Ambiguity

Just as in life, very few things in the wine world are black and white. It’s easy to generalize and pass judgment on wines, wineries, wine styles, regions, countries and so on.  With such ambiguity and so many exceptions, it’s hard to be wrong. That’s what makes the wine world so much fun. I love the metaphors, the analogies, and the comparisons. Everyone sees something different. When I drink a glass from a bottle of $300 Napa Cab, I don’t have fun creative things to compare it to. I say “Damn!” But some people drink the same wine and say “Do you get the mint? The currants? I taste my grandmother’s spaghetti, the time that she made it before church, and she scorched the pan a little bit.”

I taste in adjectives. I taste dark. I taste rich. I taste soft. I even taste red. What’s great is that it doesn’t necessarily matter. I can fill your head with all of the nonsense I want, but it doesn’t change the way the wine taste to you, so why bother? It won’t be long until I have to be able to taste a wine and tell the world what it is without looking at the label. I thought it would be impossible without the ability to pick up “currants” and “mint” and “vanilla”, and “black cherries covered in a soft vanilla, slightly scorched confectioners sugar caramel.” As it turns out, if you know you like Syrah, then you can detect  a Syrah.  After you’ve tasted Italian Syrah, French Syrah, Australian Shiraz, California Shiraz/ Syrah, 500 times, you notice patterns. The tough part for me is putting those patterns into words, but I know what they are. The best way I would know to describe the difference between a California Chardonnay, and an Australian Chardonnay would be with some crazy metaphor that anyone could relate to. It would have nothing to do with wine or food. It becomes a feeling.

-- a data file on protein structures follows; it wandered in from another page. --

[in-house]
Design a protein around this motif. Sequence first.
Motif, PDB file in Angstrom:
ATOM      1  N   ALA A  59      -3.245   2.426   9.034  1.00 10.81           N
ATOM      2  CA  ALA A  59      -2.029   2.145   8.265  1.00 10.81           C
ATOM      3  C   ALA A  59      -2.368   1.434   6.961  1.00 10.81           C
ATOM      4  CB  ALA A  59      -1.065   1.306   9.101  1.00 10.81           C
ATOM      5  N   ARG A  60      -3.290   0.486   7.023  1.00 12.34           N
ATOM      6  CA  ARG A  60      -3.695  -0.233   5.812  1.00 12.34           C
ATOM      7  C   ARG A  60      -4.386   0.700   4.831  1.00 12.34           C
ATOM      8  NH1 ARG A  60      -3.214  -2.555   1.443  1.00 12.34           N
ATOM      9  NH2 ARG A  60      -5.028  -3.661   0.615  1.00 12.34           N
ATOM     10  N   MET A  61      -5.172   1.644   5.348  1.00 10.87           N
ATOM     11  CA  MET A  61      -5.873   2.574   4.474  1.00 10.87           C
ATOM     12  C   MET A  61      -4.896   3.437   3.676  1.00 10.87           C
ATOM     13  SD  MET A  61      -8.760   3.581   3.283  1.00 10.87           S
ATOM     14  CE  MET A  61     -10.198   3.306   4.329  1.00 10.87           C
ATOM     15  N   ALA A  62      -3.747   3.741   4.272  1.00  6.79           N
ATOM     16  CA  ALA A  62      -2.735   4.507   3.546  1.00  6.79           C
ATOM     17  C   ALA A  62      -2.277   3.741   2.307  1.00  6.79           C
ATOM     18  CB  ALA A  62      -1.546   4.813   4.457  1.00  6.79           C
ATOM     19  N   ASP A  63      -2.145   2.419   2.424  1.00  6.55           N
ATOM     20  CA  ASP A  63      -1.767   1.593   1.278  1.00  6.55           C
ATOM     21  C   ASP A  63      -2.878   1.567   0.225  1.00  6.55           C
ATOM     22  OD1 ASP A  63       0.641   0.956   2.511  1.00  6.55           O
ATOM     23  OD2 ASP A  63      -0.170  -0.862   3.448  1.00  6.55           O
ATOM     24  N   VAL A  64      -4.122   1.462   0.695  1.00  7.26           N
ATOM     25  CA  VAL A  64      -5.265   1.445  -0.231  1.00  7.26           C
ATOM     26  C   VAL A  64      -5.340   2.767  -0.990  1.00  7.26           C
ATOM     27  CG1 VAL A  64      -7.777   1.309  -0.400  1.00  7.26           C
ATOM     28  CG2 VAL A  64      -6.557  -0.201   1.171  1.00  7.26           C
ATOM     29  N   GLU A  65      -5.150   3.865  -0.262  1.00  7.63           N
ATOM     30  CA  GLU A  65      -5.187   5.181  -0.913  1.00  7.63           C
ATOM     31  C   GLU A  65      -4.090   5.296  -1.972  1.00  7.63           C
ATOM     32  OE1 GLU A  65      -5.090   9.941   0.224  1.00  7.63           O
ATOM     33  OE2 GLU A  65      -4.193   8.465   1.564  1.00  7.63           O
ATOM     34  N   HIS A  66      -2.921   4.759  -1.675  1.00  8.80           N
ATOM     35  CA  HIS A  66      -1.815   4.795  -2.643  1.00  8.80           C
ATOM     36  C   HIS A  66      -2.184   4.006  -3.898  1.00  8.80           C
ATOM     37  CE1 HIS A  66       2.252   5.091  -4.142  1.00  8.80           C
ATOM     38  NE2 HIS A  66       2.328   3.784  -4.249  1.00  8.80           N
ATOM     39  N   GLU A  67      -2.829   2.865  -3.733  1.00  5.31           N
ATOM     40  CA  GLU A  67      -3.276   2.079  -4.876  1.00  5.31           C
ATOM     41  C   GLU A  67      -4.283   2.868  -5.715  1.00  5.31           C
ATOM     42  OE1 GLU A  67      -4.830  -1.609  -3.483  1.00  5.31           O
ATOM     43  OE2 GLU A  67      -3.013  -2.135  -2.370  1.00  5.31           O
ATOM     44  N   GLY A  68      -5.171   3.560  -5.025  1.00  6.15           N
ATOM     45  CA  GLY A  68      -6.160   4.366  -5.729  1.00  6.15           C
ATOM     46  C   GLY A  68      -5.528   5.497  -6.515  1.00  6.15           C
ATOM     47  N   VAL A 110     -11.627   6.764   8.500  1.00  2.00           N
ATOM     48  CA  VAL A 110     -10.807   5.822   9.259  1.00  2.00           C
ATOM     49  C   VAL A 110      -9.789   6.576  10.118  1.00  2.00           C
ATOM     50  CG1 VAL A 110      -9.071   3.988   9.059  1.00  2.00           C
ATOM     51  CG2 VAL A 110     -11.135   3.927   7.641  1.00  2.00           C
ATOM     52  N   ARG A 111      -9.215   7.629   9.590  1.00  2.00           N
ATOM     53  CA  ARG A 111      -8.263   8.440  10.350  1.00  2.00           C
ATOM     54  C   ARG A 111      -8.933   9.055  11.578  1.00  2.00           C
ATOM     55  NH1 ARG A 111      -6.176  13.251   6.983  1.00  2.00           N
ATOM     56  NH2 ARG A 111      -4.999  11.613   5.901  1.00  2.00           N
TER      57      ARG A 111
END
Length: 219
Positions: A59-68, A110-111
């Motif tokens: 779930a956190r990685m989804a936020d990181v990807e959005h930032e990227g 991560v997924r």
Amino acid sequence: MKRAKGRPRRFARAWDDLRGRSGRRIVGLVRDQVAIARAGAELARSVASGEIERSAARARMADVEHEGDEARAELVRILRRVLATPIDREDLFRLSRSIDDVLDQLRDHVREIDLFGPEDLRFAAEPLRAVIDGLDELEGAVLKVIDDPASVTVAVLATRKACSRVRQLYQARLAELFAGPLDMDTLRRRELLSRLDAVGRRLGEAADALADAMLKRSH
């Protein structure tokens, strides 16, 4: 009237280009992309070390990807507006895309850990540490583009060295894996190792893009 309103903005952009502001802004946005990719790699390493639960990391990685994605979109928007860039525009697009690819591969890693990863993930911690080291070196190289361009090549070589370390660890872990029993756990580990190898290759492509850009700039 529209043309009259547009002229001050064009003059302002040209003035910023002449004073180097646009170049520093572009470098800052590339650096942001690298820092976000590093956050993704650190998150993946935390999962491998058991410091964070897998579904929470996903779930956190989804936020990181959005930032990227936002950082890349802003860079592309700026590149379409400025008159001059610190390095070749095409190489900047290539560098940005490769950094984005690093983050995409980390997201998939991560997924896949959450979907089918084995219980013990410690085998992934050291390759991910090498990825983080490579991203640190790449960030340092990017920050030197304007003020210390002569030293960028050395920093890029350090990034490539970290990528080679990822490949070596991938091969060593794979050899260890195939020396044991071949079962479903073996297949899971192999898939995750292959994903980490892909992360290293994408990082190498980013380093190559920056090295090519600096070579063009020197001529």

If you think about it, the wine world is nothing but comparison. It’s comparison to things that you have tasted and things you have experienced; no one can argue that with you. “You don’t’ taste your grandmothers spaghetti!” That would just be silly.

 

View my restaurants’ wine lists:

Nosh: http://nosh121.com/grapesgrains/default.asp
The Blue Star: http://www.thebluestar.net/WineSpirits.asp

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  1. #1 by Barry on March 5, 2011 - 4:03 PM

    The best wines I have had are the ones that can’t be put in words. It is like describing a picture with words. Describe Van Gogh’s sunflowers in words. Words don’t come close. You could say “they are yellow in a big vase with a blue background”. This is meaningless because the words cannot convey the same effect as the picture. Much like saying “this wine tastes like cherries and chocolate”. Ripe cherries, or bad out of season cherries? Is it a level of cherry that rocks you or is it just flat boring one note flavor?
    A good picture will transport you as will good wine.

    • #2 by nosh121 on March 6, 2011 - 12:17 PM

      So true. For that reason, when i’m writing wine descriptions in the menu, I try to keep it factual. I say things that I know are true, and know that people will understand. “Huge body, enormously rich, loads of dark fruit up front, soft lingering tannins” If I picked up blackberries, and I say blackberries, someone will order it to pair with their cobbler thinking it’s going to seal the deal, but they picked up currants! And they don’t like currant cobbler! Now we both look silly!

  2. #3 by Kelly at Chatelaine on March 7, 2011 - 3:16 PM

    What’s a nice red that would pair well with a beef tenderloin filet with chimichurri sauce?

    • #4 by nosh121 on March 7, 2011 - 4:54 PM

      When I think about the Filet itself, I would be looking for a red wine with a pretty significant amount of body. In the realm of red meat and red wine, it’s hard to go wrong. With a lean cut such as a filet, I may stray away from reds with too high of acidity. Grenache, and cooler climate Pinot Noir wouldn’t be my first choice. However, with the Chimichurri, I think about the spice of the herbs, and how they will cut through the richness of the steak. I would look for a wine that would mimic that. I would think about a French, Southern Rhone blend. A Syrah heavy Rhone blend, or a Rhone blend that is almost equal parts Grenache/ Syrah, I think would be your winning combo. Let me know what you go with, and how it worked :-)
      Joe Conrad

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